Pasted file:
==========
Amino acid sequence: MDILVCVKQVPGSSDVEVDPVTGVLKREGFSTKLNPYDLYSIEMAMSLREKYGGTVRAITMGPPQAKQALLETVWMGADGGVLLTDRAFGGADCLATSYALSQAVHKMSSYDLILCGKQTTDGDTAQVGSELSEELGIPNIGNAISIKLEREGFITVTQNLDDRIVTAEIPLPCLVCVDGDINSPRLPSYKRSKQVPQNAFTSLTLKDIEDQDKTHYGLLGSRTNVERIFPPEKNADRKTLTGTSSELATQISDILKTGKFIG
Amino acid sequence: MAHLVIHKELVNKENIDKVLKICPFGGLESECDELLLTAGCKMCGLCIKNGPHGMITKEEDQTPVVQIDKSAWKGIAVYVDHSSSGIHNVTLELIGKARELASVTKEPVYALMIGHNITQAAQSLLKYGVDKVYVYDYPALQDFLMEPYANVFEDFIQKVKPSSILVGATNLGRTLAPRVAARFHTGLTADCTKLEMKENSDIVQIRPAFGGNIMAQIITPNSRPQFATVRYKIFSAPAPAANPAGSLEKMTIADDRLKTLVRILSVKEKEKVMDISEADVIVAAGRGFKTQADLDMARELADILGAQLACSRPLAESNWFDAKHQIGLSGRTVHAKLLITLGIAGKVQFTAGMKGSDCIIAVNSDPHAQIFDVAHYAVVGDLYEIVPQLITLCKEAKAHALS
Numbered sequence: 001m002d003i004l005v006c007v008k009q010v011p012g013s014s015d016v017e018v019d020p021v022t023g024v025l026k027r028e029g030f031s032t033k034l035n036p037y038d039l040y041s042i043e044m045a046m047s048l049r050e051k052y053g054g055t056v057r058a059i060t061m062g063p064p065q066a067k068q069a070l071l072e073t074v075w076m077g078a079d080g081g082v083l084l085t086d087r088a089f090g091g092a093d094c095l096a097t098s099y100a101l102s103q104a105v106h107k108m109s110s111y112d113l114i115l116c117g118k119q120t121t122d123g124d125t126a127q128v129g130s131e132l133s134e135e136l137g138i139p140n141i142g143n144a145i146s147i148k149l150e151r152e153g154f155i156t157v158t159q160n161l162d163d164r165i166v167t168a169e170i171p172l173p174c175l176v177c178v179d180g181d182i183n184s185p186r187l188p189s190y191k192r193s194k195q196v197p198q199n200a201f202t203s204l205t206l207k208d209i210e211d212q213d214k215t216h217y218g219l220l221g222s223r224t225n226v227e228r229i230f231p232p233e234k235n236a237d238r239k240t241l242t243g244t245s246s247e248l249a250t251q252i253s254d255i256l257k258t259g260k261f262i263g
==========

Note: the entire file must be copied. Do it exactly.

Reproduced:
Amino acid sequence: MDILVCVKQVPGSSDVEVDPVTGVLKREGFSTKLNPYDLYSIEMAMSLREKYGGTVRAITMGPPQAKQALLETVWMGADGGVLLTDRAFGGADCLATSYALSQAVHKMSSYDLILCGKQTTDGDTAQVGSELSEELGIPNIGNAISIKLEREGFITVTQNLDDRIVTAEIPLPCLVCVDGDINSPRLPSYKRSKQVPQNAFTSLTLKDIEDQDKTHYGLLGSRTNVERIFPPEKNADRKTLTGTSSELATQISDILKTGKFIG
Amino acid sequence: MAHLVIHKELVNKENIDKVLKICPFGGLESECDELLLTAGCKMCGLCIKNGPHGMITKEEDQTPVVQIDKSAWKGIAVYVDHSSSGIHNVTLELIGKARELASVTKEPVYALMIGHNITQAAQSLLKYGVDKVYVYDYPALQDFLMEPYANVFEDFIQKVKPSSILVGATNLGRTLAPRVAARFHTGLTADCTKLEMKENSDIVQIRPAFGGNIMAQIITPNSRPQFATVRYKIFSAPAPAANPAGSLEKMTIADDRLKTLVRILSVKEKEKVMDISEADVIVAAGRGFKTQADLDMARELADILGAQLACSRPLAESNWFDAKHQIGLSGRTVHAKLLITLGIAGKVQFTAGMKGSDCIIAVNSDPHAQIFDVAHYAVVGDLYEIVPQLITLCKEAKAHALS
Numbered sequence: 001m002d003i004l005v006c007v008k009q010v011p012g013s014s015d016v017e018v019d020p021v022t023g024v025l026k027r028e029g030f031s032t033k034l035n036p037y038d039l040y041s042i043e044m045a046m047s048l049r050e051k052y053g054g055t056v057r058a059i060t061m062g063p064p065q066a067k068q069a070l071l072e073t074v075w076m077g078a079d080g081g082v083l084l085t086d087r088a089f090g091g092a093d094c095l096a097t098s099y100a101l102s103q104a105v106h107k108m109s110s111y112d113l114i115l116c117g118k119q120t121t122d123g124d125t126a127q128v129g130s131e132l133s134e135e136l137g138i139p140n141i142g143n144a145i146s147i148k149l150e151r152e153g154f155i156t157v158t159q160n161l162d163d164r165i166v167t168a169e170i171p172l173p174c175l176v177c178v179d180g181d182i183n184s185p186r187l188p189s190y191k192r193s194k195q196v197p198q199n200a201f202t203s204l205t206l207k208d209i210e211d212q213d214k215t216h217y218g219l220l221g222s223r224t225n226v227e228r229i230f231p232p233e234k235n236a237d238r239k240t241l242t243g244t245s246s247e248l249a250t251q252i253s254d255i256l257k258t259g260k261f262i263g